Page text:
Society’s tolerance for drinking and driving is killing innocent people, over and over again

Under the Criminal Code, it is an offence to knowingly utter or convey a threat to cause death or bodily harm to any person.

I think about that every time I see or hear about someone getting caught driving under the influence.

What’s the connection? If you can’t see it, you’re not alone.

The recent trial of Marco Muzzo cast a harsh spotlight on drunks who end up killing innocent people.

But that light will soon wink out, once the wealthy, ill-fated Muzzo does his time and then resumes his life, leaving the Neville-Lake family to live with the agony of the permanent loss of their three children and a grandfather.

Currently it is still legal to drink and drive, so long as your blood-alcohol level is below 0.08.

But come on. Anyone who has had a drink or two in their lives knows that the same amount of alcohol can affect you in very different ways at different times, depending on a number of factors.

Sometimes, one or two drinks can feel like nothing. At another time, they can go straight to your head.

An arbitrary 0.08% blood alcohol level may be a convenient legal marker but it is not effective in predicting the real impact of alcohol on the human brain and body in every situation.

As such, it is not effective in helping guarantee the safety of innocent people.

Any blood alcohol level above zero means a degree of intoxication: a slow poisoning of the brain, particularly in the areas of reaction and judgment.

But still it remains socially acceptable for people to have a couple of drinks and get behind the wheel.

Basically, we rely on an impaired person’s judgment to self-regulate their behavior, even though it is his or her judgment that gets poisoned by alcohol.

If I walk down the street waving an automatic weapon, I will likely be taken down pretty quickly by police.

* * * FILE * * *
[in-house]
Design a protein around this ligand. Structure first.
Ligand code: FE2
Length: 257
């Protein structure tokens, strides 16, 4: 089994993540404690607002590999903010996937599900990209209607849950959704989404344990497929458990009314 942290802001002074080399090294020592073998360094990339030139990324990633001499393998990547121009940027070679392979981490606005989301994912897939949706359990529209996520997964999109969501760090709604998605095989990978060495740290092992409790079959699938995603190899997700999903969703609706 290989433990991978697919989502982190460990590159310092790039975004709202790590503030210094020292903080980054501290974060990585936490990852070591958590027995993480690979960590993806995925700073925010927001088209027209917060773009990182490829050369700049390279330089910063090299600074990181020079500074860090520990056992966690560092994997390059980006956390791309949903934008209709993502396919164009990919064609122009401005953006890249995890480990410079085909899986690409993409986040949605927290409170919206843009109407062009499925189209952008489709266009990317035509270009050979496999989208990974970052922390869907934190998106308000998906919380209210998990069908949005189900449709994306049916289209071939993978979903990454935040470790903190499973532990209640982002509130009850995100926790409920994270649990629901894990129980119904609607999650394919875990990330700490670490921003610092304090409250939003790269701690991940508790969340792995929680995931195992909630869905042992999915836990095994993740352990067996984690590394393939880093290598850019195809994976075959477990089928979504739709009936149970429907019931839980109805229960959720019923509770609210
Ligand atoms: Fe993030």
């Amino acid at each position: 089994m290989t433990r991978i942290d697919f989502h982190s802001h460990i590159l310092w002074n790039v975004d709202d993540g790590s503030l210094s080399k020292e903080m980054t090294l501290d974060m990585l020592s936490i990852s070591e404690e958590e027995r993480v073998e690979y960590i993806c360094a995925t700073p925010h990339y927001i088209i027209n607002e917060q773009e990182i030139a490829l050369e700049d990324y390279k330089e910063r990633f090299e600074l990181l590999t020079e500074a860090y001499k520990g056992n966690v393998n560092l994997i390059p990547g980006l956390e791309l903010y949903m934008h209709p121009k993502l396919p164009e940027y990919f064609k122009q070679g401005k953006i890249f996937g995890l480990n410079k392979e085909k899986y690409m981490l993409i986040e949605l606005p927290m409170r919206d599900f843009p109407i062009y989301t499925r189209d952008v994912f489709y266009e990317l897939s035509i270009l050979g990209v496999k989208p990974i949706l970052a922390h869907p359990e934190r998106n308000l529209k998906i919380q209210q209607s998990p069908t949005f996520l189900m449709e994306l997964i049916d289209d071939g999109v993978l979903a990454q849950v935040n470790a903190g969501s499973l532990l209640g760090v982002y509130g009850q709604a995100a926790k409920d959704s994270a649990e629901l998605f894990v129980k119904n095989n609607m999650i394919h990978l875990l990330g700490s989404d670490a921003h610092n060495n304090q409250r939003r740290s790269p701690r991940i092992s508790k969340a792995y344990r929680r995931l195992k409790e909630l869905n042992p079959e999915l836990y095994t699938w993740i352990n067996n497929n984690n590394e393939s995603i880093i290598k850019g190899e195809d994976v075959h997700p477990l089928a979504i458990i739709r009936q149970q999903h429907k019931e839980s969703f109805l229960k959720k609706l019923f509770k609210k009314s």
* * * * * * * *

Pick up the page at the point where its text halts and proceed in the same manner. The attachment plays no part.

If I light up a cigarette in a public place, I will be ushered out by people whose rights to a healthy life are being violated.

And if I send threatening messages by phone, text or social media, many people will come after me.

But alcohol? It has been part of society for thousands of years. It feels like an old friend.

I am not a Puritan, banging on the temperance drum nor am I against alcohol consumption in general.

But I have always been against giving any person permission to threaten the public.

And a car being driven by a drunk person is a deadly weapon.

Just because most drunk drivers make it home, wiping their brows in secret relief that they didn’t hit anyone, does not make the problem go away.

Physics allows no do-overs. An impaired driver may make a judgment call about how much of the centre line to ride, or how safe it will be to rush the amber intersection light.

But mass and speed offer no special favours.

And too often, it is innocents who pay.

If there is anything we can take from the Muzzo case before it vanishes from the news cycle, it’s that more must be done to make people think before they drink and drive.

Poison in your brain guarantees a reduced ability to operate a car.

The decision to drink, in full knowledge of this fact, becomes a death threat, uttered through the action of requesting or accepting a neurotoxin in full knowledge of the possible consequences.

Every one of us, including our friends and children, are sitting ducks, candidates for the next horrific death from DUI.

Something needs to change.

Perhaps it’s Parliament’s tolerance and indeed codified approval of alcohol in a driver’s body, that should change first.

Perhaps, at the next trial of the next Muzzo — whoever he or she happens to be — the prosecution, representing the public interest, can implicate the government in some way for failing in its duty of care to protect against a wrongful death.

So long as governments collect revenue on that fatal cocktail, at least some innocent blood is on their hands.

Source: Toronto Sun


Last updated on: 2016-03-26 | Link to this post